Transported Asset Protection Association (TAPA)


TAPA AMERICAS brings together manufacturers, shippers, logistics providers, carriers, insurers, service providers, law enforcement and government agencies to reduce risks of criminal activity in the transportation supply chain.


To protect high value theft targeted (HVTT) assets in the transportation supply chain in the AMERICAS by:

  • Collecting and exchanging data and intelligence information on a global basis
  • Co-operating on preventative supply chain security within industry and with government organizations
  • Setting and promulgating best in class standards for facility security and transport
  • Working as a parallel organization with TAPA EMEA, TAPA APAC and TAPA branches in South Africa and Brazil

About TAPA

TAPA AMERICAS represents one of three primary branches of TAPA worldwide -- the other two being TAPA EMEA (Europe and Africa) and TAPA APAC (Asia/Pacific). These branches include chapters in South Africa and Mexico, with new chapters developing in other countries plagued by cargo crime. Each TAPA branch or chapter participates in the worldwide organization while also addressing the needs of its own regional members.

HVTT Asset Theft: A Shared Problem

HVTT (high value theft targeted) asset theft poses a major problem for many industries. Theft of electronics, pharmaceuticals, clothing, high-end foodstuffs, auto parts, building supplies and almost any other cargo of value is a daily event in the Americas. This type of crime leads to billions of dollars in lost revenue, compromised brand integrity, and in some cases harm to consumers. While government programs such as C-TPAT focus on keeping dangerous items out of the supply chain, TAPA focuses mainly on the issue of theft. But because the concerns are interrelated, TAPA and government agencies work together in confronting these challenges.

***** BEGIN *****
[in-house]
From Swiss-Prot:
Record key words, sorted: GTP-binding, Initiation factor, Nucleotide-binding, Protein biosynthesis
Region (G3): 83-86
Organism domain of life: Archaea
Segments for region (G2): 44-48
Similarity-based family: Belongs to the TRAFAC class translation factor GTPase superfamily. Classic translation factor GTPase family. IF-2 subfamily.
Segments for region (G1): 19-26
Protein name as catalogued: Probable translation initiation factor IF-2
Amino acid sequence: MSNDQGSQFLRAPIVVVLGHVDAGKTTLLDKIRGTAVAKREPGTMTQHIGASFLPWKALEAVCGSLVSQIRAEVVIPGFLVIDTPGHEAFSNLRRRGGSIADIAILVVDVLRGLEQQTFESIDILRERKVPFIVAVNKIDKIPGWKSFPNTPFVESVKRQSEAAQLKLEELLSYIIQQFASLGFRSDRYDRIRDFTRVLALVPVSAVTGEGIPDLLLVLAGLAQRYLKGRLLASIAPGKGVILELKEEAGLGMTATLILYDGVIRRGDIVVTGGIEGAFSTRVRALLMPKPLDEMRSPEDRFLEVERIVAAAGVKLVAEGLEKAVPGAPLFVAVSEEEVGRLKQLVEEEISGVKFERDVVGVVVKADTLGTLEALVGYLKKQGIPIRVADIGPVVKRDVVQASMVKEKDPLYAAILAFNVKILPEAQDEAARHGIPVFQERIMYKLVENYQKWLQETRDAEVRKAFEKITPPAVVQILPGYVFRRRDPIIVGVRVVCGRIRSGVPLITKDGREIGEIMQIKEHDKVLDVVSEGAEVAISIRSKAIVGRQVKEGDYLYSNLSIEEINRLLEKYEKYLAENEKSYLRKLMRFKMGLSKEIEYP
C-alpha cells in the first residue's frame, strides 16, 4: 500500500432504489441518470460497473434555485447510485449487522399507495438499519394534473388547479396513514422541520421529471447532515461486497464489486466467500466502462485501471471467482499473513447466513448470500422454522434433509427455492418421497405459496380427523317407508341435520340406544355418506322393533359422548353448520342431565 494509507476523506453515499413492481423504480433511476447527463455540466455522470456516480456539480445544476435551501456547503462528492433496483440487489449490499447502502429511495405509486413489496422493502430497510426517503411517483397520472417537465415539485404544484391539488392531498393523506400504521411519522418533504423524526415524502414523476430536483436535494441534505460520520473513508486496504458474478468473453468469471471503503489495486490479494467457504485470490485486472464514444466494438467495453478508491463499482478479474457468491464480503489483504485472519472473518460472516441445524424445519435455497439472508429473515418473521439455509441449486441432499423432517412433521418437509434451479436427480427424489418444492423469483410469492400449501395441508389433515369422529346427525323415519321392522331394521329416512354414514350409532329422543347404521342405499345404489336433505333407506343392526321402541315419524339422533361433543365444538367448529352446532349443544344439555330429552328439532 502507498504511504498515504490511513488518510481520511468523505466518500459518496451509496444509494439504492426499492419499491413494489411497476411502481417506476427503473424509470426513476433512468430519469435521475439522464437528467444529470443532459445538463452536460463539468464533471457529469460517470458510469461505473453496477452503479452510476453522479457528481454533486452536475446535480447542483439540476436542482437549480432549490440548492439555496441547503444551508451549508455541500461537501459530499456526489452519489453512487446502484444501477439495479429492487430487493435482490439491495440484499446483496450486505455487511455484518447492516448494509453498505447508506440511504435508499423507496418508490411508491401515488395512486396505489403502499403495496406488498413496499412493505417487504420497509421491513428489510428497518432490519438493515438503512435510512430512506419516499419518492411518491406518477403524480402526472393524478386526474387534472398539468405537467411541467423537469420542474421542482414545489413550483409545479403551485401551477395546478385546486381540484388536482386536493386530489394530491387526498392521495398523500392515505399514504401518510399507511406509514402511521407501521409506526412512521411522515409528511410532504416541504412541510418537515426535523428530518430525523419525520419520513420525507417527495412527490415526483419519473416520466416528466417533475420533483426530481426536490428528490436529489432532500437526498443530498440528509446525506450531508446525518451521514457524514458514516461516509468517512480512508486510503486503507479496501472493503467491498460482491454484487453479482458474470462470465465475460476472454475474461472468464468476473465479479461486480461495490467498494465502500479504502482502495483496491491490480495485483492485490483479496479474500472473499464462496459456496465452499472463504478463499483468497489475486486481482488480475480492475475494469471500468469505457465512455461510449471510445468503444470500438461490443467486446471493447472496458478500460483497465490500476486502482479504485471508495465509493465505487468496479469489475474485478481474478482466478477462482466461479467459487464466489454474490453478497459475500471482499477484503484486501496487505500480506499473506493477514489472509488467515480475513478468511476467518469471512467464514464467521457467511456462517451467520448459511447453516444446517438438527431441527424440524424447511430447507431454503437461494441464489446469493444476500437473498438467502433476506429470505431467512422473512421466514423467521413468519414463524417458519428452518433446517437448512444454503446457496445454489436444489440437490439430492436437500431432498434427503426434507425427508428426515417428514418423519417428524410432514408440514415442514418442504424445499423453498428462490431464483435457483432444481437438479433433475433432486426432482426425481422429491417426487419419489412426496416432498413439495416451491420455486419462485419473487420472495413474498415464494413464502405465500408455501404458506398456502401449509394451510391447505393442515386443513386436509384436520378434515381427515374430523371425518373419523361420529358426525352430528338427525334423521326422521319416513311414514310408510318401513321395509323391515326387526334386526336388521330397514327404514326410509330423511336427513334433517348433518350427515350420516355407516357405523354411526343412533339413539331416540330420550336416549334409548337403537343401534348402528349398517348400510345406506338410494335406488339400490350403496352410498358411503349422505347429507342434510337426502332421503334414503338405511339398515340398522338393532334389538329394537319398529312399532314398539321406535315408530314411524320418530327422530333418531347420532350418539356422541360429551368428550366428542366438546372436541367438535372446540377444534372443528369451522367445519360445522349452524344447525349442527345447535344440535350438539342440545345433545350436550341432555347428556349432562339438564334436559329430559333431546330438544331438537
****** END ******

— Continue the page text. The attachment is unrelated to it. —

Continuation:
Standards Lead to Solutions

The leverage TAPA exerts has had a measurably positive impact in promoting standardization and industry change to reduce cargo crime:

  • Major freight handlers are joining TAPA or employing TAPA-recognized security standards for facility certification as well as for freight care and handling
  • TAPA has become a worldwide benchmark for security handling guidelines and practices
  • Businesses insurers are asking prospective customers about their security practices, and specifically whether they hold TAPA certification
  • Government agencies include TAPA-endorsed standards in their development of homeland security initiatives